Women's dietary diversity in rural Bangladesh: Pathways through women's empowerment.

Sinharoy, SS; Waid, JL; Haardörfer, R; Wendt, A; Gabrysch, S; Yount, KM; (2017) Women's dietary diversity in rural Bangladesh: Pathways through women's empowerment. Maternal & child nutrition, 14 (1). ISSN 1740-8695 DOI: https://doi.org/10.1111/mcn.12489

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The relationship between women's empowerment and women's nutrition is understudied. We aimed to elucidate this relationship by quantifying possible pathways between empowerment and dietary diversity among women in rural Bangladesh. In 2015, we conducted a cross-sectional survey of 2,599 married women ages 15-40 (median: 25) living in 96 settlements of Habiganj District, Bangladesh, as a baseline for the Food and Agricultural Approaches to Reducing Malnutrition trial. We collected data on women's empowerment (highest completed grade of schooling and agency), dietary diversity, and demographic factors, including household wealth. We used exploratory factor analysis and confirmatory factor analysis on random split-half samples, followed by structural equation modelling, to test pathways from schooling, through domains of women's agency, to dietary diversity. Factor analysis revealed 3 latent domains of women's agency: social solidarity, decision-making, and voice with husband. In the adjusted mediation model, having any postprimary schooling was positively associated with voice with husband (β41  = .051, p = .010), which was positively associated with dietary diversity (β54  = .39, p = .002). Schooling also had a direct positive association with women's dietary diversity (β51  = .22, p < .001). Neither women's social solidarity nor decision-making mediated the relationship between schooling and dietary diversity. The link between schooling and dietary diversity was direct and indirect, through women's voice with husband but not through women's social solidarity or decision-making. In this population, women with postprimary schooling seem to be better able to negotiate improved diets for themselves.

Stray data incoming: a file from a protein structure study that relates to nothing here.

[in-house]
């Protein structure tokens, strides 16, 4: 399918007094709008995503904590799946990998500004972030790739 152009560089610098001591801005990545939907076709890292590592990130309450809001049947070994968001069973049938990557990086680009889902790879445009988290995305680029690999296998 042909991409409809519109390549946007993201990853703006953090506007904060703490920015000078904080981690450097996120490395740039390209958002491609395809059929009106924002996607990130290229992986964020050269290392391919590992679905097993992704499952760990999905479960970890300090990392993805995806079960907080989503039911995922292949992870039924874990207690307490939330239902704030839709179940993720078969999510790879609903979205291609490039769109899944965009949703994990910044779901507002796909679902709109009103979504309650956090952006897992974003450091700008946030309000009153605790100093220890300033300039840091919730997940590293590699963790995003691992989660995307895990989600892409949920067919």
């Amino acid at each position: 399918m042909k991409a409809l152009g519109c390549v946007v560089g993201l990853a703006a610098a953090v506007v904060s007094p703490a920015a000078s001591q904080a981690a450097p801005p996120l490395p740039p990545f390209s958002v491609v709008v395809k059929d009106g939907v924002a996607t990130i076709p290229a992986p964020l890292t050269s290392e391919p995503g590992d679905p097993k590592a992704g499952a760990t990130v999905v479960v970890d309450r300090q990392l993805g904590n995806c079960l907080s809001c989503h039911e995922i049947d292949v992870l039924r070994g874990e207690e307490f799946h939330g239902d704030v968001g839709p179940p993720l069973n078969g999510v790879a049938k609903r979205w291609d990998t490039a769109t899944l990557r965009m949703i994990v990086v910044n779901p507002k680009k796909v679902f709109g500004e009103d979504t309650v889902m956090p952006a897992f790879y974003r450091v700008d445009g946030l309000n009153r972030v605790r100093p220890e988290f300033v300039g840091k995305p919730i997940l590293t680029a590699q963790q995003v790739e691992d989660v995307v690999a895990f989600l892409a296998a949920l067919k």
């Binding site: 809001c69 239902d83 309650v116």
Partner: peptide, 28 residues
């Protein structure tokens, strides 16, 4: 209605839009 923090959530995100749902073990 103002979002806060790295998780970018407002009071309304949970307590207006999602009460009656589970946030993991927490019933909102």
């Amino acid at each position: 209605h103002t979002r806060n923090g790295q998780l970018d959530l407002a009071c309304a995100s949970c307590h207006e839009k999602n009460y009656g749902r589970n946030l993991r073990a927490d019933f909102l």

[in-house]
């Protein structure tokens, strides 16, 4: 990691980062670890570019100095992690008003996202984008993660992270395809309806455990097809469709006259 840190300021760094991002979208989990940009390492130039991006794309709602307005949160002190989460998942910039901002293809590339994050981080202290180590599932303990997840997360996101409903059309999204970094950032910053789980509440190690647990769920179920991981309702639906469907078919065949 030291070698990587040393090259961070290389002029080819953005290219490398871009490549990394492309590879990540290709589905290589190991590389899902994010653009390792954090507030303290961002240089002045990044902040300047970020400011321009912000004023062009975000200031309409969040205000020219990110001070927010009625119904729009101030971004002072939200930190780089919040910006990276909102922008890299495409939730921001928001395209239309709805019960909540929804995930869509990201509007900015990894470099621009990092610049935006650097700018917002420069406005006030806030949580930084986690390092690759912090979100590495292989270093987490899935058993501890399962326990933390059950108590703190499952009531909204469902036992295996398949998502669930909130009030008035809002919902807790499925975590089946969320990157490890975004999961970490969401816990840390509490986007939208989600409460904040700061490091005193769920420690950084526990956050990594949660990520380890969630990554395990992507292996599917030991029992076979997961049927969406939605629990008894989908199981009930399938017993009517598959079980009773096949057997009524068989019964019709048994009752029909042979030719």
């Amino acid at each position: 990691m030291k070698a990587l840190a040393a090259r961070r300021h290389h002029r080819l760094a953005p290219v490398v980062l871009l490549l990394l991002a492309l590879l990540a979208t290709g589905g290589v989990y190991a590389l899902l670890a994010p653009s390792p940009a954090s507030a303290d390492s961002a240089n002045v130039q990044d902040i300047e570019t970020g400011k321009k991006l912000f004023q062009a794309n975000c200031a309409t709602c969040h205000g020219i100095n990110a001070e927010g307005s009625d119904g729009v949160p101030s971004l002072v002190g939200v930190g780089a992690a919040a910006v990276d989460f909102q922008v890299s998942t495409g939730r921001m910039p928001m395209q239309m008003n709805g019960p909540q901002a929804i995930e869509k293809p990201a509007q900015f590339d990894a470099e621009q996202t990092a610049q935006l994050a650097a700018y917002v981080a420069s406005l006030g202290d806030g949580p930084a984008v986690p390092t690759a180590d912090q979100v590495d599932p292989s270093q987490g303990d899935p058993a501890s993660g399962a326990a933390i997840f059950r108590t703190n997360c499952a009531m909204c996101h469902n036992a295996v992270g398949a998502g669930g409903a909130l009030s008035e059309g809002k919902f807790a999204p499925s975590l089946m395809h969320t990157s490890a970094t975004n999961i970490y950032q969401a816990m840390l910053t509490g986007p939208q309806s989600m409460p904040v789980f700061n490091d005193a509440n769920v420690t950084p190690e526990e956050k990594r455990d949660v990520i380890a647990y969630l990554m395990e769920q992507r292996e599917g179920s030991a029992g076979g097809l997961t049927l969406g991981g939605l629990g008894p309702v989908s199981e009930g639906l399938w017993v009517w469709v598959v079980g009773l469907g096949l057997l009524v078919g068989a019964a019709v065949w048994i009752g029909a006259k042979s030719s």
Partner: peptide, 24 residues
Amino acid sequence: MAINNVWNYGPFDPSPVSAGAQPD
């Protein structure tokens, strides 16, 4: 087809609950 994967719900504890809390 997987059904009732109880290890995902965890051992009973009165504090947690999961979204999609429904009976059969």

Item Type: Article
Faculty and Department: Faculty of Epidemiology and Population Health > Dept of Infectious Disease Epidemiology
PubMed ID: 28766878
URI: http://researchonline.lshtm.ac.uk/id/eprint/4646343


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